Funding From the Federal Budget

Following the pandemic, the 2021 Federal Budget included funding to support the film and TV industry in Canada to help it offset some of the revenue lost because of the pandemic. Some of the recipients of the additional funding included Telefilm Canada with $105 million, Canadian Media Find with $60 million, and Indigenous Screen Office with $40 million.

Box Office Revenue

The pandemic not only impacted the production revenue, but it also had a huge impact on box office takings as movie theatres closed for months. In 2021, the box office revenue in Canada amounted to $345 million, an increase of 47% compared to 2020. However, the box office takings in 2021 were only about a third of the takings recorded in 2019. This is in line with a survey from mid-2021, in which only 30% of Canadians said they had been to see a film in a movie theatre in the last twelve months.

Annual Production of Domestic Feature Films

There were 112 domestic feature films produced in Canada during the 2019/20 season, which was the same number as in the two previous seasons. However, the volume of domestic film production has been on the decline in Canada.

In the 2011/12 season, the total volume was $357.78 million according to Statista. This was followed by a slow decline with the lowest volume recorded in 2016/17 at just $250.56 million. From there, it started climbing again, reaching $285.72 in 2019/20.

The impact of COVID-19 resulted in another decrease in 2020/21 when the total volume of domestic feature films was $272.64. With restrictions lifted since then, the records from 2021/22 when released may show a recovery back to the pre-COVID levels.

The Majority of Canadian Film Directors Are Men

In 2019, only 31.3% of film directors in Canada were women. Whilst this shows progress towards gender equality within the industry, many of the higher-ranking roles in the industry are still occupied by men.

The film and TV industry still has work to do to create a more inclusive and diverse working environment, not just in relation to women, but also in relation to people from visible minorities and Indigenous backgrounds.

Canada Hosts Many International Film Festivals

The film and TV industry provides additional revenue through film festivals. Many Canadian cities host film festivals every year and there are around 300 festivals celebrating films in total. This is a significant percentage (7.5%) of the around 4,000 film festivals that take place worldwide. Some of the most notable film festivals in Canada include the Toronto International Film Festival, the Vancouver International Film Festival, and the Montreal Festival Du Nouveau Cinéma.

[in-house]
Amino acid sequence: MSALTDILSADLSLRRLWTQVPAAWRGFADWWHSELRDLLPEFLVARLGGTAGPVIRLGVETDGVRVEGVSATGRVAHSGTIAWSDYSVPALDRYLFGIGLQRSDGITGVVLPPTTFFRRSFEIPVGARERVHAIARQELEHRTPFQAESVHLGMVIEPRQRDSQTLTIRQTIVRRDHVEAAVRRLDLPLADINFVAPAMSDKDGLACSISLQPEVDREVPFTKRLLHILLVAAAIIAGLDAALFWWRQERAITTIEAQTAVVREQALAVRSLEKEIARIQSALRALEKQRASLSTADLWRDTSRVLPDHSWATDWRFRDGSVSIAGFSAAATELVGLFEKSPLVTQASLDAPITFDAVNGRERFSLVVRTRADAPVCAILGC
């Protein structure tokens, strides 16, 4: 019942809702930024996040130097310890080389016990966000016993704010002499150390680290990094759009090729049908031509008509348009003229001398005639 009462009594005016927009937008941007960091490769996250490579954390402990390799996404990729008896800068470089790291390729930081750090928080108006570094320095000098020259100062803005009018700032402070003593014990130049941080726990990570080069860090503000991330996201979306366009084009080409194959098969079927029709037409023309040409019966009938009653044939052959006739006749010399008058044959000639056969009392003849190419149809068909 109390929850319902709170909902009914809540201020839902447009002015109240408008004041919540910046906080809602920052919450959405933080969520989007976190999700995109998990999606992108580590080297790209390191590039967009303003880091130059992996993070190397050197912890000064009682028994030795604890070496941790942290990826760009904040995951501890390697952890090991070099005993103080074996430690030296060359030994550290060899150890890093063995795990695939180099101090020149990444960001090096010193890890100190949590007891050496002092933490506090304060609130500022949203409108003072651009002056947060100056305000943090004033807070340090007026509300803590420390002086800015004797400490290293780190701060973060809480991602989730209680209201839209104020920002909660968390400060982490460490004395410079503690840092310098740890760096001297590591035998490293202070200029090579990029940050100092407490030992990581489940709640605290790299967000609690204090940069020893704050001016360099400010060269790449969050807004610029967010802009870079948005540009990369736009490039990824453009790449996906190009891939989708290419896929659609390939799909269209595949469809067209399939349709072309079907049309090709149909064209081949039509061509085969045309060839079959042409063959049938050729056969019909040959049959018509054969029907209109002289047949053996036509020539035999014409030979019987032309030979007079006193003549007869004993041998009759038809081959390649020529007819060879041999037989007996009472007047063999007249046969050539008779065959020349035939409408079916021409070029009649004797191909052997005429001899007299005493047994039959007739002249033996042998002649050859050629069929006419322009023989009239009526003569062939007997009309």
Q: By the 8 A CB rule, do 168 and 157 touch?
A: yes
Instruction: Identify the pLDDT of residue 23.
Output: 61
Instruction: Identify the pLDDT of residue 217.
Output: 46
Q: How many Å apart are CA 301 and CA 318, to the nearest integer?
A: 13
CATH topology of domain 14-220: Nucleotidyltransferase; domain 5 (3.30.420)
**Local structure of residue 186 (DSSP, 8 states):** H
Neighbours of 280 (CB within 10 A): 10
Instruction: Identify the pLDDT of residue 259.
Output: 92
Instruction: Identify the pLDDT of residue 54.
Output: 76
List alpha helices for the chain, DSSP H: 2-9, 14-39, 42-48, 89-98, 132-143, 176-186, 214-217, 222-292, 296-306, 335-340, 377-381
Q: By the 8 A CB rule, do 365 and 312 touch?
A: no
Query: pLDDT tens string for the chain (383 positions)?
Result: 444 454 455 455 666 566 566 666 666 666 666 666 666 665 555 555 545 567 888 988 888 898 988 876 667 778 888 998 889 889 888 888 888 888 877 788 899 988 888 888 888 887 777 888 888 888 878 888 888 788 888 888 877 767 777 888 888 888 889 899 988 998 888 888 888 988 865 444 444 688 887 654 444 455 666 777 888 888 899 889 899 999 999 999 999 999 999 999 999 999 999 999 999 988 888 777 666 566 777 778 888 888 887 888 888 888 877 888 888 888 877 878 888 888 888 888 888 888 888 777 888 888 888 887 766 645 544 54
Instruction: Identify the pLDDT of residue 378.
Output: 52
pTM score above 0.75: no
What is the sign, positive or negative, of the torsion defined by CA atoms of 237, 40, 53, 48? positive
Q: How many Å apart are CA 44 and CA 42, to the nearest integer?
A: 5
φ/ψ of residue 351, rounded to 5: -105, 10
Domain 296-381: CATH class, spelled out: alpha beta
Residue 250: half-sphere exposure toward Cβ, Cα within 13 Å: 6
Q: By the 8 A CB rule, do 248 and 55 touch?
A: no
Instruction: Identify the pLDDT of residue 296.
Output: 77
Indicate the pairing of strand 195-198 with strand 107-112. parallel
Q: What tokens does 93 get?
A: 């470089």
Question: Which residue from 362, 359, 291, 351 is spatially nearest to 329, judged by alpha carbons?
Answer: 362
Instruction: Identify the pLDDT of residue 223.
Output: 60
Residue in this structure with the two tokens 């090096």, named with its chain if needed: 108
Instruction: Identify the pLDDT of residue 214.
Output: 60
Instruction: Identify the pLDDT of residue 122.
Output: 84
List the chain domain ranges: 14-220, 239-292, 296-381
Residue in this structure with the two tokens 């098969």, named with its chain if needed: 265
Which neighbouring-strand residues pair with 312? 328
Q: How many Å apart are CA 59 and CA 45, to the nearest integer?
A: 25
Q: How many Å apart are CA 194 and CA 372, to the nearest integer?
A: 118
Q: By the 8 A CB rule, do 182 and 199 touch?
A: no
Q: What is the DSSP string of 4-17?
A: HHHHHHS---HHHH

Film and TV Production in Canada by Province

While Vancouver and Toronto have been the two main hubs of the Canadian film and TV industry, Quebec, in particular Montréal, and Calgary, Alberta are gaining momentum on the scene.

In 2019/2020 Toronto and Vancouver accounted for 68% of the film and TV production in Canada, with 38% and 30% respectively. Ontario has outpaced British Columbia eight times between 2009 and 2019. However, when comparing the share of the provinces, British Columbia has a slightly bigger share of the overall production. in 2020/2021, British Columbia represented 36% and Ontario 35% of the total share.

British Columbia

In 2020/21 British Columbia had a 36% share of the total volume of films and TV produced in Canada. This represented $3.253 billion of total production. It also had the largest share of Foreign Location and Service Production (FLS) at 52%, amounting to $2.719 billion. The province saw an increase of $372 million (15.9%) in FLS production in 2020/21. Virtually all of the growth came from TV series production.